What foods increase the risk for uric acid stones?

Uric acid stones are associated with a high purine intake and acidic urine. When there is too much uric acid in the urine, stones can form.

Cut the purines: Purines are found in high concentrations in anchovies, sardines, herring, mackerel, scallops, gravy, meat, and meat products. Organ meats such as liver, brain, sweetbread, and kidney have particularly high levels. Studies have found that a high intake of purines can increase the amount of uric acid in the urine, leading to the formation of uric acid stones. Protein substitutes for these high purine foods are:

  • Dairy products
  • Legumes
  • Soy products
  • Tofu
  • Lentils
  • Whole grains
  • Vegetables

Alcohol alert: The studies linking alcohol to uric acid levels have focused on gout. Gout results from an accumulation of too much uric acid that can lead to deposits of hard lumps of uric acid in and around the joints and cause inflammation. Chronic or untreated gout can lead to kidney stones. Research has found that drinking beer showed the strongest risk of developing gout. While other spirits (for example, brandy, whiskey, vodka, etc.) have also been shown to increase the risk of developing gout, wine was not found to do so. There are some red wines and stouts that contain purines or oxypurines, which can lead to increased purine load, so you will need to be cautious with red wine as well. Even without gout, if you have a history of uric acid stones, it would be beneficial to limit your consumption of alcohol.

What foods decrease the risk for uric acid stones?

Dairy connection: Research has shown that milk and yogurt consumption can lower serum uric acid levels. In one study, those who consumed milk one or more times per day had a lower serum uric acid level than did those who did not drink milk. Similarly, those who consumed yogurt at least once every other day had a lower serum uric acid level than did those who did not consume yogurt. Your goal should be to meet the Recommended Adequate Intakes set for calcium:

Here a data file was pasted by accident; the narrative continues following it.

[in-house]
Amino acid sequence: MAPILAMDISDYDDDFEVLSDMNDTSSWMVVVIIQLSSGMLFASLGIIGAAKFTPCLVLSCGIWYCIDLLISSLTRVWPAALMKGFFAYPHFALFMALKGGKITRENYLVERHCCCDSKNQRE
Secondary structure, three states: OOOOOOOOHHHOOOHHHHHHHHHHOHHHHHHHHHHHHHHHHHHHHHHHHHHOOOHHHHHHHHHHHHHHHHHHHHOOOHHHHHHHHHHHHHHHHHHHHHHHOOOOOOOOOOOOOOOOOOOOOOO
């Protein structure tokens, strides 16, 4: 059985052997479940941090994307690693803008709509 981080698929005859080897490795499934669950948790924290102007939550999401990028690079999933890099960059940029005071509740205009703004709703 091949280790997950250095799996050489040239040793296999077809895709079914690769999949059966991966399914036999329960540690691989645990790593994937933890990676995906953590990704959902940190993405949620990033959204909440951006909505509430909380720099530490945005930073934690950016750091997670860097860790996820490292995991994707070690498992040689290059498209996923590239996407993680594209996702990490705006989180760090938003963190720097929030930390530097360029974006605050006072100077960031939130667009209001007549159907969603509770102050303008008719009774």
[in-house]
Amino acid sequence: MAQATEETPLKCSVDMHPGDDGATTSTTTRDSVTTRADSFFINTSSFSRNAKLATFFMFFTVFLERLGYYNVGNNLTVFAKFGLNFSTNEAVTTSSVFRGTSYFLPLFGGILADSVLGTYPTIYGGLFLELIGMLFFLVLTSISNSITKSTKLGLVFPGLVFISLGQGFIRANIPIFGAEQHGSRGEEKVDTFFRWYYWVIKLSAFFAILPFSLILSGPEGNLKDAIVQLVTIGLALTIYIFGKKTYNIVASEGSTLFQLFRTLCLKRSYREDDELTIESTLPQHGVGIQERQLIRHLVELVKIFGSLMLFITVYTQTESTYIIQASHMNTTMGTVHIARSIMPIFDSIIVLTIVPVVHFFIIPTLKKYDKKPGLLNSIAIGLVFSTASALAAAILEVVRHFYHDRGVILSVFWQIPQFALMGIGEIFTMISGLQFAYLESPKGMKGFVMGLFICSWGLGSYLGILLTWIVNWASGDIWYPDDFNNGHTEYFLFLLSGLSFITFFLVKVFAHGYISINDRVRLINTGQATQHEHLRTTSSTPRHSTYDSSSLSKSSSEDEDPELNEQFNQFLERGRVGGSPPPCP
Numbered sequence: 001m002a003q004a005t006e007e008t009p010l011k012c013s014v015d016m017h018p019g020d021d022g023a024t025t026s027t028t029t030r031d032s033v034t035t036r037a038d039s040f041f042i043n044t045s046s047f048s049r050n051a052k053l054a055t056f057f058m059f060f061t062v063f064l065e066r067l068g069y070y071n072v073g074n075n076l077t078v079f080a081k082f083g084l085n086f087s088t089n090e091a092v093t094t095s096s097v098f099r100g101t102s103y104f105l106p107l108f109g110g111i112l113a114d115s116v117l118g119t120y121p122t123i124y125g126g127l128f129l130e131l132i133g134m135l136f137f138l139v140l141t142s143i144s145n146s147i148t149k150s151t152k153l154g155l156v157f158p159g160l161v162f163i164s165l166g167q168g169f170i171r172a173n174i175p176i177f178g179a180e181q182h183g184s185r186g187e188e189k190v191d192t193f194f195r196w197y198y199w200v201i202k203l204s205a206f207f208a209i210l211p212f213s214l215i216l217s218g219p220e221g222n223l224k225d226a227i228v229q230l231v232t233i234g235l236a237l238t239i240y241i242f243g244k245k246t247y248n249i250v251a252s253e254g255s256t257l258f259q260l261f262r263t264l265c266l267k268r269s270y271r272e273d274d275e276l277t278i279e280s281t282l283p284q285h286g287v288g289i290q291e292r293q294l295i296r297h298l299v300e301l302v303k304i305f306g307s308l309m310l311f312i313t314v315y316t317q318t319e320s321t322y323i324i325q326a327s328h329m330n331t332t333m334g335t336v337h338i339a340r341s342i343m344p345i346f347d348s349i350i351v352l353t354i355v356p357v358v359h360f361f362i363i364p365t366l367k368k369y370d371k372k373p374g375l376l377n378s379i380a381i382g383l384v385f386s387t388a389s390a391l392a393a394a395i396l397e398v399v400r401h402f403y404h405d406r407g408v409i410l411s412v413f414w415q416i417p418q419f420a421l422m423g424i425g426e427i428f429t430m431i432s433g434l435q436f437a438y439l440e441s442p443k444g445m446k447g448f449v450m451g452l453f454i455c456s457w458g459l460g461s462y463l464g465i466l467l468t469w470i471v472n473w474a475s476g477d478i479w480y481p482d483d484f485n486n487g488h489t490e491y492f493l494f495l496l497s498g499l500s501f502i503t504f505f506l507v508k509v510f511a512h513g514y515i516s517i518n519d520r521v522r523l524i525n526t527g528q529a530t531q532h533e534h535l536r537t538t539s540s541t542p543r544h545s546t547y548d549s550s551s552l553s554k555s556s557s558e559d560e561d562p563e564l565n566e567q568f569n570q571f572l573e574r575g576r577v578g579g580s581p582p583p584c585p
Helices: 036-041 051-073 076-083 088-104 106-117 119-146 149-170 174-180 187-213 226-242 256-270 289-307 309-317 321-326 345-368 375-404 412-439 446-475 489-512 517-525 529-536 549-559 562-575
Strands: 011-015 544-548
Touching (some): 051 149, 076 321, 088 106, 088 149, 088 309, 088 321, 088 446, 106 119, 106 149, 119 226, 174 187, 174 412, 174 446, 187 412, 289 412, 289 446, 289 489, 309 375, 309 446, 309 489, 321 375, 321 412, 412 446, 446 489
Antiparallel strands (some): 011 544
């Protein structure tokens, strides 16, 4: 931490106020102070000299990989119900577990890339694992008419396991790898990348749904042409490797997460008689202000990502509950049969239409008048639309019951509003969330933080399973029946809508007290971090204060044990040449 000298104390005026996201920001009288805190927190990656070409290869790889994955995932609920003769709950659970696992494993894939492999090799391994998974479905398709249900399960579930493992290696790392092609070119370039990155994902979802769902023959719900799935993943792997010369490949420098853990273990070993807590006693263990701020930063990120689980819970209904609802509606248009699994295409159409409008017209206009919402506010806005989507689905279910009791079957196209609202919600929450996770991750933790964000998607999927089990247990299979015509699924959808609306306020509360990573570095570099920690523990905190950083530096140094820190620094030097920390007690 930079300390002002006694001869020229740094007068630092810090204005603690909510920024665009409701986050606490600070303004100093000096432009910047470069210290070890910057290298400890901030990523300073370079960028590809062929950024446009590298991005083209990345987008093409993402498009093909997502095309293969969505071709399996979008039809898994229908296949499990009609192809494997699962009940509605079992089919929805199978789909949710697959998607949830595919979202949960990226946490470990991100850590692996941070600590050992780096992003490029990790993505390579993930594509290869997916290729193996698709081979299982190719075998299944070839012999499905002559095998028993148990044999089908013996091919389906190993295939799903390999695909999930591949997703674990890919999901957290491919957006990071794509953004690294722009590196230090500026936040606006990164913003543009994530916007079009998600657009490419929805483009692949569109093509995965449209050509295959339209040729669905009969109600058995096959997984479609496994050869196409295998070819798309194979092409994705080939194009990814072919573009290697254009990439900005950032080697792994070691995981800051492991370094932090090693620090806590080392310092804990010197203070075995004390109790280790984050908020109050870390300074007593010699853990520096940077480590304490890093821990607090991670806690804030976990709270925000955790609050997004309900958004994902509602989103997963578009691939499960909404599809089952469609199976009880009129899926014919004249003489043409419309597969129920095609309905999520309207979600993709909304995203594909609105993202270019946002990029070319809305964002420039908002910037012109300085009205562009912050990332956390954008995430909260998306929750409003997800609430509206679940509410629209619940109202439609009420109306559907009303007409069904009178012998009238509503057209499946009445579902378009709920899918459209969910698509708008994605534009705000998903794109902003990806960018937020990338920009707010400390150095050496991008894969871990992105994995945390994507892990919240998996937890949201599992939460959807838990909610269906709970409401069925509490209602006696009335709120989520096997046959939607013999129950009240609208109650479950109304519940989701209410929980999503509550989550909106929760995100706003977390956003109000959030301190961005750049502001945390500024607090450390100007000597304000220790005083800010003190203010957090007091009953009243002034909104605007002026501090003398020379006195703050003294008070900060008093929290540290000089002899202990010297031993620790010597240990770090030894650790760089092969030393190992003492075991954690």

0 to 6 months-210 mg
    7 to 12 months-270 mg
    1 to 3 years-500 mg
    4 to 8 years-800 mg
    9 to 13 years-1300 mg
    14 to 18 years-1300 mg
    19 to 50 years-1000 mg
    51+ years-1200 mg

Fluid fix: Drinking enough fluid will reduce the concentration of stone-forming minerals in the urine by diluting it. The goal is to drink at least 10 full glasses of fluid each day (at least half should be water) in order to produce over 2 quarts of urine on a daily basis. The average daily output of urine is about 1½ quarts, so this is somewhat higher. Some ways to reach your fluid goals are:

  • Have one cup before and after each meal
  • Drink with your meals
  • Drink with your snacks
  • Drink during activities: computer, television watching, and commuting
  • Eat a lot of water-rich foods (for example, soup, fruit, vegetables)
  • Drink as little caffeine and alcohol as possible